East Side Dreams: The Untold Story of East San José

East Side Dreams: The Untold Story of East San José image
East Side Dreams

East Side Dreams Exhibit: Coming July – September 2022

The San José Public Library, in collaboration with SJSU King Library's Africana, Asian American, Chicano, & Native American Studies Center, proudly presents East Side Dreams: The Untold Story of East San José. The exhibit runs July – September 2022.

Through photographs, videos and artifacts, East Side Dreams chronicles the people and events that shaped San José’s east side. Community members, activists, and scholars will share their insights into east side history at two associated panel events.

East Side Art Contest Winners!

14 and over category: Tiffany, for Siempre East Side

Tiffany's art will be featured on a limited edition library card!

Picture of Tiffany's design, Siempre East Side.
Caption
Tiffany's design, Siempre East Side.
 
Tiffany holding design, Siempre East Side.

13 and under category: Sophia, for Trip Down Memory Lane

Honorable mentions will be featured in exhibit. Thank you to all that entered!
 

Picture of Sophia’s design, Trip Down Memory Lane.
Caption
Sophia's design, Trip Down Memory Lane.
 
Sophia holding design, Trip Down Memory Lane.
 

How the East Side Began

Pink Elephant Market, date unknown. Photo by Richard Diaz. Courtesy of La Raza Historical Society
Caption
Pink Elephant Market, date unknown. Photo by Richard Diaz. Courtesy of La Raza Historical Society

 

Before the 1950s, the East Side was uninterrupted farmland stretching towards the eastern foothills. Its residents, mostly migrant agricultural workers, lived in a patchwork of rural barrios without sewers, sidewalks, or streetlights. The area was known as "Sal Si Puedes" ("Get out if you can").

As the East Side grew, it remained neglected by the city government and misrepresented by the media. The situation gave rise to generation of community organizers who battled police brutality and housing discrimination and lobbied for improved public services and minority representation in city government.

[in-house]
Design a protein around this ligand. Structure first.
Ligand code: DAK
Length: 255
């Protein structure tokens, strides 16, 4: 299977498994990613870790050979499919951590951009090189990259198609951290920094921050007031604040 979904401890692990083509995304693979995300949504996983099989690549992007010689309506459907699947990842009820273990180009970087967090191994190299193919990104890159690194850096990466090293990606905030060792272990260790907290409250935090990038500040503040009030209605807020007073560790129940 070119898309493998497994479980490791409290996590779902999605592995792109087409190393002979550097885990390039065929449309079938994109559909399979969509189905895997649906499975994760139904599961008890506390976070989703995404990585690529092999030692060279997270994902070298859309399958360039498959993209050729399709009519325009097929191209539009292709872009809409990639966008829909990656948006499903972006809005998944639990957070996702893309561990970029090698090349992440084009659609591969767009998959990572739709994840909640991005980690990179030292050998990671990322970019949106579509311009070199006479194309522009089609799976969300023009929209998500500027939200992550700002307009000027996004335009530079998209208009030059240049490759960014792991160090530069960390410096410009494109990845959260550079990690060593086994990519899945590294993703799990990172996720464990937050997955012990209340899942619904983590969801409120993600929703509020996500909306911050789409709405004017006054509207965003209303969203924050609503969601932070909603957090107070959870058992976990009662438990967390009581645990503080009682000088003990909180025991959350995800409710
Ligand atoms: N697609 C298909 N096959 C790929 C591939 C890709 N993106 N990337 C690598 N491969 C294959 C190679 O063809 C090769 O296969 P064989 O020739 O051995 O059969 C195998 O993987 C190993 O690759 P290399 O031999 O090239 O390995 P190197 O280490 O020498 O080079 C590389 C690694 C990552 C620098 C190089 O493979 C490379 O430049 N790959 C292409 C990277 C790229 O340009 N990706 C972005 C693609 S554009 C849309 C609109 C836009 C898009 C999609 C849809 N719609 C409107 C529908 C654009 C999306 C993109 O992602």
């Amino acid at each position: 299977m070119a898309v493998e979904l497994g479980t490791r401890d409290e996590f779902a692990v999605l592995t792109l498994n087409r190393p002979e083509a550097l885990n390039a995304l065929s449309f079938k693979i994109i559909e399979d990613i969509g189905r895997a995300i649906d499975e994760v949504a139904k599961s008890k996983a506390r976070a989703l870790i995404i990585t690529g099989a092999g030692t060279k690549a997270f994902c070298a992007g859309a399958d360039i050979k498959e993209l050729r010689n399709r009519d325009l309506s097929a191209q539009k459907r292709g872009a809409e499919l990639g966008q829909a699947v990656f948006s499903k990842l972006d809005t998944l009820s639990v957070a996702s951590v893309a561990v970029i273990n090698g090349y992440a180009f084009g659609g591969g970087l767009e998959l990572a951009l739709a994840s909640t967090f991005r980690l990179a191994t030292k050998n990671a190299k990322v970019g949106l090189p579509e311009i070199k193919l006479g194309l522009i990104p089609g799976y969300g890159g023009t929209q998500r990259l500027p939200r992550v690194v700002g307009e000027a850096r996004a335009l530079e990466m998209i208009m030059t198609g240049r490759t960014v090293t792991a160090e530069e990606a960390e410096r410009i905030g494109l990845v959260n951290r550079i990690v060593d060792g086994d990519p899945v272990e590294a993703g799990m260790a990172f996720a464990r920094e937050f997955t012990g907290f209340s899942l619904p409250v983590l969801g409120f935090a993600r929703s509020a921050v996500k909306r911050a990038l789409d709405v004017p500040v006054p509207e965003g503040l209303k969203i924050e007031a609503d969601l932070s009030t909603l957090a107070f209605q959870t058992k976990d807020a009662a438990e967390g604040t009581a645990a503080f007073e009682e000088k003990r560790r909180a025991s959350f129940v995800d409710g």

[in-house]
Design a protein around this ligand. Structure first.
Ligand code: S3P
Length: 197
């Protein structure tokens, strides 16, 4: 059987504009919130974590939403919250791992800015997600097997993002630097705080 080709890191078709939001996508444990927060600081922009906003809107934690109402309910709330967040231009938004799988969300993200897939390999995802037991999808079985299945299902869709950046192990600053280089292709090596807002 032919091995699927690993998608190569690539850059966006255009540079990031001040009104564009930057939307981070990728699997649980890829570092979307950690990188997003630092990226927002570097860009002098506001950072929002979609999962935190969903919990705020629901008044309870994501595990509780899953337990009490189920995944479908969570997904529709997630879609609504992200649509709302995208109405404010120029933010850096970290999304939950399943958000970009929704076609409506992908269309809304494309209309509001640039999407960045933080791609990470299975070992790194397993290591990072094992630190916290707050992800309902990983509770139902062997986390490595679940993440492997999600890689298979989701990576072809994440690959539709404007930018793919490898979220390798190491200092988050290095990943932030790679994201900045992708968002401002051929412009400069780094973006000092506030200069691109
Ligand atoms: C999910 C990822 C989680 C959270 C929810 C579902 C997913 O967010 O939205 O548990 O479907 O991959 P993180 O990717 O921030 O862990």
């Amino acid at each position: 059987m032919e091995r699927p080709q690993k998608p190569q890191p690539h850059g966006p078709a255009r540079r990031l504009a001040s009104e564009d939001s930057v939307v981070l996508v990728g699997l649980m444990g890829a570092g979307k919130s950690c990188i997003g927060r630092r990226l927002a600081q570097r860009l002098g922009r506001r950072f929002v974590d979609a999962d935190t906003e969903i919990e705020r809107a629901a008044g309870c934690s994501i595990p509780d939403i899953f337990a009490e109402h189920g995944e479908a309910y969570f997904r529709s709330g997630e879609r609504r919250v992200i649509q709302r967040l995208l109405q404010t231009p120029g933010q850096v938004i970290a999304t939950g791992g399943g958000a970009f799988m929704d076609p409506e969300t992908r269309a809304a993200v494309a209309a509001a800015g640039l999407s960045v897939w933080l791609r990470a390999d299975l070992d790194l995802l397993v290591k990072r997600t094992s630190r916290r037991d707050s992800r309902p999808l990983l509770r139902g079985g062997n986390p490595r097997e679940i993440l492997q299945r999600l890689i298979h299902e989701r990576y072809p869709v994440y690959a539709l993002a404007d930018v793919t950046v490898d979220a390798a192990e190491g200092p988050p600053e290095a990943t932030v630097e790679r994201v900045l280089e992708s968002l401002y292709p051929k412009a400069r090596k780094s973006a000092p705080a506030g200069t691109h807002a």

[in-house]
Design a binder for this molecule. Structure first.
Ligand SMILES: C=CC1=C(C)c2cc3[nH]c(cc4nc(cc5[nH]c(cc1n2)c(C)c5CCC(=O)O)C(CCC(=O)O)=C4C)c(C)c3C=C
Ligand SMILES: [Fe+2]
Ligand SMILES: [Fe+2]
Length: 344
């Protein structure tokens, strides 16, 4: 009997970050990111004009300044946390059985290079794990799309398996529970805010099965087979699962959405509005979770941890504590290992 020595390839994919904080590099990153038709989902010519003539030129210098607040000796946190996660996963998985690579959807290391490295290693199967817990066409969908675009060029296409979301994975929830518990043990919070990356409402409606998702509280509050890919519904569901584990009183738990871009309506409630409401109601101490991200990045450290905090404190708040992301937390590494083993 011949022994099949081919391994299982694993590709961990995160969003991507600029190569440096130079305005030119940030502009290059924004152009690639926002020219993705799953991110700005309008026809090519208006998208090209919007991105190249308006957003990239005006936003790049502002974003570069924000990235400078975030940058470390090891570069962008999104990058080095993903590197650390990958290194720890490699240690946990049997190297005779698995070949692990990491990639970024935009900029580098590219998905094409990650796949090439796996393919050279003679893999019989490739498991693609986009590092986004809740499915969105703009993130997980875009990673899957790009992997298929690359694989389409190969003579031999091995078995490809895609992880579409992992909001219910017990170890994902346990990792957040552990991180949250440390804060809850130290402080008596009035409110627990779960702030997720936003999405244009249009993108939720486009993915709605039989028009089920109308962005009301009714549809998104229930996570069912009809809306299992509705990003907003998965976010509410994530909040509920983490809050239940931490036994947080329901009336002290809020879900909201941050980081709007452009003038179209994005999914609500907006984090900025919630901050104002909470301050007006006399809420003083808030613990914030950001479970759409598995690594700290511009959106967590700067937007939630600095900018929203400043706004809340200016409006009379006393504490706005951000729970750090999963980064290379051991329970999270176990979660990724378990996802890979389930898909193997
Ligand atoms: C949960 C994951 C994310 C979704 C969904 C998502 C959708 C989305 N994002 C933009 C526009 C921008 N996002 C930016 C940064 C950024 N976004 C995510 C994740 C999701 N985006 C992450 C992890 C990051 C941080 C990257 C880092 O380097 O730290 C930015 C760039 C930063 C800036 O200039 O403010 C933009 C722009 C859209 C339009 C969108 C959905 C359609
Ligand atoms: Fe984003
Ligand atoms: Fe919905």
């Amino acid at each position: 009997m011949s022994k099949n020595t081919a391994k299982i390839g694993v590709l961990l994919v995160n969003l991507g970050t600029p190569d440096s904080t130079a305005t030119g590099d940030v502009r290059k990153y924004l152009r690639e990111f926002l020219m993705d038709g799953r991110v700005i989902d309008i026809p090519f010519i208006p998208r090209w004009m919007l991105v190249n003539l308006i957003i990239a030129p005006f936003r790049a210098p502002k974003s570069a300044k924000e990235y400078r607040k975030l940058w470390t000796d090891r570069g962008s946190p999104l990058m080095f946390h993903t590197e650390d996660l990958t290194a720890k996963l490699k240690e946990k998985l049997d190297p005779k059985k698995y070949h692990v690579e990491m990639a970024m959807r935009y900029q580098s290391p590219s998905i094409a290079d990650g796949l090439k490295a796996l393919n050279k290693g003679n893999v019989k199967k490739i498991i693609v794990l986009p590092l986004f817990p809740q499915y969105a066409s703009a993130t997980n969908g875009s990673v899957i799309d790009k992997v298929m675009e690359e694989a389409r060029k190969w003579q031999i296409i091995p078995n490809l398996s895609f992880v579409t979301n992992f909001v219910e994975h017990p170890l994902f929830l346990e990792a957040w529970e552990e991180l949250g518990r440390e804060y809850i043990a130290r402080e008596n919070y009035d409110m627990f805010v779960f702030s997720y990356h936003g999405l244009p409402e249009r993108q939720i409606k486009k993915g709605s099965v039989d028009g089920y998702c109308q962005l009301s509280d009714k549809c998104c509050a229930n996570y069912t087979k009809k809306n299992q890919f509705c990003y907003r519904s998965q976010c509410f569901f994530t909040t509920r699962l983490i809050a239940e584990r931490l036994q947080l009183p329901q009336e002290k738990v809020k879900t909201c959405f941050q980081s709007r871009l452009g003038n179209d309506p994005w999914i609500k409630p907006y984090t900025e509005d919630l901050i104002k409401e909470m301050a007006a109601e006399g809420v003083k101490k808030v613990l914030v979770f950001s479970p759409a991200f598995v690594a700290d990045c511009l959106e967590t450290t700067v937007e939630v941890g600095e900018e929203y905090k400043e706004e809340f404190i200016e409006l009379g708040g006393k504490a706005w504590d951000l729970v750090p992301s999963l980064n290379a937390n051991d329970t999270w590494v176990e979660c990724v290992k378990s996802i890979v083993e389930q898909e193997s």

Activism in East Side and Beyond

United People Arriba March, date unknown. Sofia Magdaleno Mendoza Collection, SJPL California Room.
Caption
United People Arriba March, date unknown. Sofia Magdaleno Mendoza Collection, SJPL California Room.

 

Defined by groups such as the Community Alert Patrol (CAP), United People Arriba, the Community Service Organization (CSO), and the Mexican American Political Association (MAPA), and by figures such as Blanca Alvarado, Luis Valdez, Ernestina Garcia, and César Chávez, the East Side set a powerful precedent for community activism across the country.

East Side Dreams: The Untold Story of East San José will synthesize stories both remembered and forgotten, presenting a comprehensive historical picture of the East Side and its people.

Up to and beyond the exhibit, the California Room will continue to collect and archive materials on the East Side’s social and political development.

East Side Dreams was inspired by connections we made and materials we discovered in creating our 2018 exhibit Story & King: San José Lowrider Culture

 

Los Lupeños dancer, date unknown. Los Lupeños de San José Records, SJPL California Room
Caption
Los Lupeños dancer, date unknown. Los Lupeños de San José Records, SJPL California Room

East Side Revelations

The San José Public Library's California Room is putting a spotlight on San José's East Side with a series of blogs that will feature individuals, businesses, and community organizations with ties to the East Side. Here are blogs in the series:

Blog Category
Equity, Diversity and Inclusion
Local History